According to recent media reports, Baraka Chacha, a Manager at one of Nairobi’s top insurance firms, plummeted to his death this past weekend, at the upmarket B-Club venue in the city’s Kilimani Estate.
Baraka’s Linkedin profile reads that he was an Economics graduate from the University of Nairobi, with a just-completed MBA from Jomo Kenyatta University of Agriculture & Economics. He also happened to be the Group Research and Insights Manager at UAP Old Mutual, following a history that eschews brilliance in Research and Strategy.
An alleged eye-witness account testifies to the gruesome incident which took place around 5.30am, as Chacha chose to take the stairway down to either the ground or basement floor of Galana Plaza, then slipped and fell to the floor below. B-Club is situated on the 1st floor of the building.
At the moment, it is however unclear how speedy the response was by the Security team or Management, or whether faster action would have helped the situation. The family of the deceased is awaiting the results of an official autopsy to determine the details.
This would beg the question about what necessary precautions or safety measures nightclubs or entertainment venues in general put in place for the safety of patrons. Whether the City Council closely monitors the design and construction of such establishments and certifies them in accordance with such guidelines.
This isn’t the first time there’s been a fatal incident at a Nairobi club. Most recently in 2015, shocking CCTV footage revealed how a rather inebrieted reveller who was calling it a night, left Club Maxland along Thika Road, toppled over the railing of a flight of stairs, and fell to his death.
The International Nightlife Association (INA) is an international body, currently gaining mileage in the US and Canada, which was established in order to ‘improve the safety in nightlife venues and protect the establishment’s audience’ irrespective of the country. Authorities and entrepreneurs noticed a gap in what sort of measures are put in place to protect owners and patrons from property damage or loss and life-threatening environments. It’s a great vision in theory, but how many bar & restaurant owners would be willing to maintain such basic standards, and at what cost.
INA for instance, certifies venues under three distinct badges: the very basic Bronze level being inclusive of a business license, property damage insurance, training of staff, fire equipment / first aid kits being available and clearly marked exit and evacuation routes.The Silver badge scrutinizes hiring practices, to ensure their are interviews and no favouritism at the expense of professionals, policy development where employees are given manuals and made aware of their content and that staffing is to an adequate ratio of patrons in the establishment at any given time (depending on the size of the venue).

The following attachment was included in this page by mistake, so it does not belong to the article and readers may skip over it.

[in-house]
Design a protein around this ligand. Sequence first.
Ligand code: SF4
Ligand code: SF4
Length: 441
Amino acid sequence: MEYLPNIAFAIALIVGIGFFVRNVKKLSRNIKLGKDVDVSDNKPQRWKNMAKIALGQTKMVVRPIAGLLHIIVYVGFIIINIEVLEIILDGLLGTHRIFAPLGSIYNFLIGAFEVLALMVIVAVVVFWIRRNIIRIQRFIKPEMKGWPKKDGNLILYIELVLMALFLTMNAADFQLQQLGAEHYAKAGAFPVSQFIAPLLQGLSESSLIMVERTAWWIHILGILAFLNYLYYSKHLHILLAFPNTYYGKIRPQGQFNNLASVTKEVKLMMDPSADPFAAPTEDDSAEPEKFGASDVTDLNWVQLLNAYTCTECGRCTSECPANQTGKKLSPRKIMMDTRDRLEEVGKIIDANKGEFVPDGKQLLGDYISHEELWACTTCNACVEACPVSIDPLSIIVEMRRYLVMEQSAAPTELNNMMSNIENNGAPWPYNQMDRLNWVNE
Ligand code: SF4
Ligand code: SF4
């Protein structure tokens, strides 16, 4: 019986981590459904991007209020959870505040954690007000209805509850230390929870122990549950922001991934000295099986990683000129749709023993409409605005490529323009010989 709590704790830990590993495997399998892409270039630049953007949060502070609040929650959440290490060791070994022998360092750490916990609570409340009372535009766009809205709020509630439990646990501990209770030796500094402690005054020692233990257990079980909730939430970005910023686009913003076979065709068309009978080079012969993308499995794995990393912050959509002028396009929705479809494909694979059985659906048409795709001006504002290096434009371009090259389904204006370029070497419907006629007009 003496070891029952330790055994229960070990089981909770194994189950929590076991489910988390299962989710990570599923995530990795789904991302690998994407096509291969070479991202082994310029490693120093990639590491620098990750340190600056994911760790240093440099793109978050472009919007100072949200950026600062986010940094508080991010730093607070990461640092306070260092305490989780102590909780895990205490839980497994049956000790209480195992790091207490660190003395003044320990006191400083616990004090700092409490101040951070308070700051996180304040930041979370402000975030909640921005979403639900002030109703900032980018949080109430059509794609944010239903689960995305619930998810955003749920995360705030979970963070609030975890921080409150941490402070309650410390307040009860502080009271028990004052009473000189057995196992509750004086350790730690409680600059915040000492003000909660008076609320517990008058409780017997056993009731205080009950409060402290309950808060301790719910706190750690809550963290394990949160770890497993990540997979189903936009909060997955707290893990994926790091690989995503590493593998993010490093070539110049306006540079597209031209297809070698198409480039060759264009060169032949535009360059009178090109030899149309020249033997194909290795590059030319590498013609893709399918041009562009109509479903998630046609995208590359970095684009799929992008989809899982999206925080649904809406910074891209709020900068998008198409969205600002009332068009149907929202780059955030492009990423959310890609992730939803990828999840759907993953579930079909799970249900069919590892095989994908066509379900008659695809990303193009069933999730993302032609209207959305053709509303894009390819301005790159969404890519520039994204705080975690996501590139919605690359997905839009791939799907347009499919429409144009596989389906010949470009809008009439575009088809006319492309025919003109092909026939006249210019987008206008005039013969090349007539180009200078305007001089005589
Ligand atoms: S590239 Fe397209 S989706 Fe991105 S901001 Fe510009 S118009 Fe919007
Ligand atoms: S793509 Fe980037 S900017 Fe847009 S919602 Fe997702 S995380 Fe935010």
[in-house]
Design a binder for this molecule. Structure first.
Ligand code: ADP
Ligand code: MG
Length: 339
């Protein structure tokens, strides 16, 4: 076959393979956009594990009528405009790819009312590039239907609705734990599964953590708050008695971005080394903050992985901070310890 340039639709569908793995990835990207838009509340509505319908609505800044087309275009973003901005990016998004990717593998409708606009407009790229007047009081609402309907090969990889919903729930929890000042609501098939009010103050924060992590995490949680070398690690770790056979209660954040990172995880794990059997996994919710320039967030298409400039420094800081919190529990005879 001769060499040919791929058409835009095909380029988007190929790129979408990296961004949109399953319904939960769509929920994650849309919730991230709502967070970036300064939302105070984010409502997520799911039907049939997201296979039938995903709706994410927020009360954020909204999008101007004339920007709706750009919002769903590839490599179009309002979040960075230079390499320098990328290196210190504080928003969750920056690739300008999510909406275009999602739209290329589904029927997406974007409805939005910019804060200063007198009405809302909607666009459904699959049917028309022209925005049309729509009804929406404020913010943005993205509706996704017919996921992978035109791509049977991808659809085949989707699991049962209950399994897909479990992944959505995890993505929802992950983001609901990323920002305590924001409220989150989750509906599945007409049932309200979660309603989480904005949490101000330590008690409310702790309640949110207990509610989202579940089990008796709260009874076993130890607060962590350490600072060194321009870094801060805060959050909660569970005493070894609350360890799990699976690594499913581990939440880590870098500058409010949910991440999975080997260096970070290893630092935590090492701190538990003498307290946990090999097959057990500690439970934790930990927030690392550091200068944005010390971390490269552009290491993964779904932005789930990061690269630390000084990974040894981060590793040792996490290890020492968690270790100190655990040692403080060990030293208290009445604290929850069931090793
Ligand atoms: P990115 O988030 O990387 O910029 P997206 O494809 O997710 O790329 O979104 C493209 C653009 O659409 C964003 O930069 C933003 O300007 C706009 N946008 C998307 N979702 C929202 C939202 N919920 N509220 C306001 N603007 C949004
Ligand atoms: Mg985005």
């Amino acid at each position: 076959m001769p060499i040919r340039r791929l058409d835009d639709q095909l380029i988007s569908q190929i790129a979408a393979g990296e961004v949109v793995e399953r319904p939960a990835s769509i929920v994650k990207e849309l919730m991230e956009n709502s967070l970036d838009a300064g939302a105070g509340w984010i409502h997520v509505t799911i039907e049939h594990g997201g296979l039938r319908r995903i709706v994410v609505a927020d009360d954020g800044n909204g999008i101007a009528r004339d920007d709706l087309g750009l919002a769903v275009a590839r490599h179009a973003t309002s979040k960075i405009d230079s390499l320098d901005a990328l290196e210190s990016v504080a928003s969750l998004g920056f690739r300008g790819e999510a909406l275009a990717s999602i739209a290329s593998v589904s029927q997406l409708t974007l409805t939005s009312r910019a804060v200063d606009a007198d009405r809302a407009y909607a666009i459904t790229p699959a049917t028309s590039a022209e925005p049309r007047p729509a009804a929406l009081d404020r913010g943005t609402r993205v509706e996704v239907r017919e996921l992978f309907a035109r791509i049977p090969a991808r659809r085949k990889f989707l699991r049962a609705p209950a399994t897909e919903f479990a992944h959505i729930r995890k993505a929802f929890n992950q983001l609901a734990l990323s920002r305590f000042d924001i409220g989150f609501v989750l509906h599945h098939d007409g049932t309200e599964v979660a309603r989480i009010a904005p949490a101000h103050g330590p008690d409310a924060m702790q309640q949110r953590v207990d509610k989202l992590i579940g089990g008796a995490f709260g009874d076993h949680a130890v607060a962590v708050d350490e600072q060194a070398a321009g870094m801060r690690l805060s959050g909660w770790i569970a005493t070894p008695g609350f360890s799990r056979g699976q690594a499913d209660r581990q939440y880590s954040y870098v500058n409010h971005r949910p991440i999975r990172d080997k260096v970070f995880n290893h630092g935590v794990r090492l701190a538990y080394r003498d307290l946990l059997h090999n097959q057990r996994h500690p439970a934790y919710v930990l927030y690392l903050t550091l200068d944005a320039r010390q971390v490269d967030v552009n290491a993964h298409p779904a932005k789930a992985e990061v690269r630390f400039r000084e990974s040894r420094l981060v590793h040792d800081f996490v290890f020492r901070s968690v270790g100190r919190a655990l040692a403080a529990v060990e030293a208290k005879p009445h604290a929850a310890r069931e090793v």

A Gold INA badge would have an entertainment venue maintain a strict anti-violence environment, including monitoring drunkenness and anti-social behaviour, protecting staff from sexual harrassment, voluntary evacuation drills, a minimum of 4 basic trained First Aid responder employees and has CCTV surveillance, with radio communication between designated staff and metal detectors to prevent firearms on the premises.
These all seem like fair expectations from any establishment you would entrust with your safety, time and money, don’t they? There are a host of other technical specifications that come with such certification, which is extensively used in North America, including guides on which materials to use and what sort of architectural practices are best in order to maximise safety of patrons – such as the height of stairways and their general access.
This is not to mean that such measures are full proof. We’ve heard of incidences of stampedes such as last month in Mexico where a gunman opened fire, and in 2003 in Chicago where a stampede of 1,500 people led to the death of 21 as security detail at a nightclub used pepper spray to disperse a fighting duo and the crowd.
Ultimately, security lies with the individual, as one chooses what sort of space they will revel the night, or day, away in. Consider asking: Are there any accessible evacuation points or fire exits? Can you spot a first aid kit? Is the security procedure to get into the establishment thorough? How do the staff treat patrons – with professionalism and courtesy?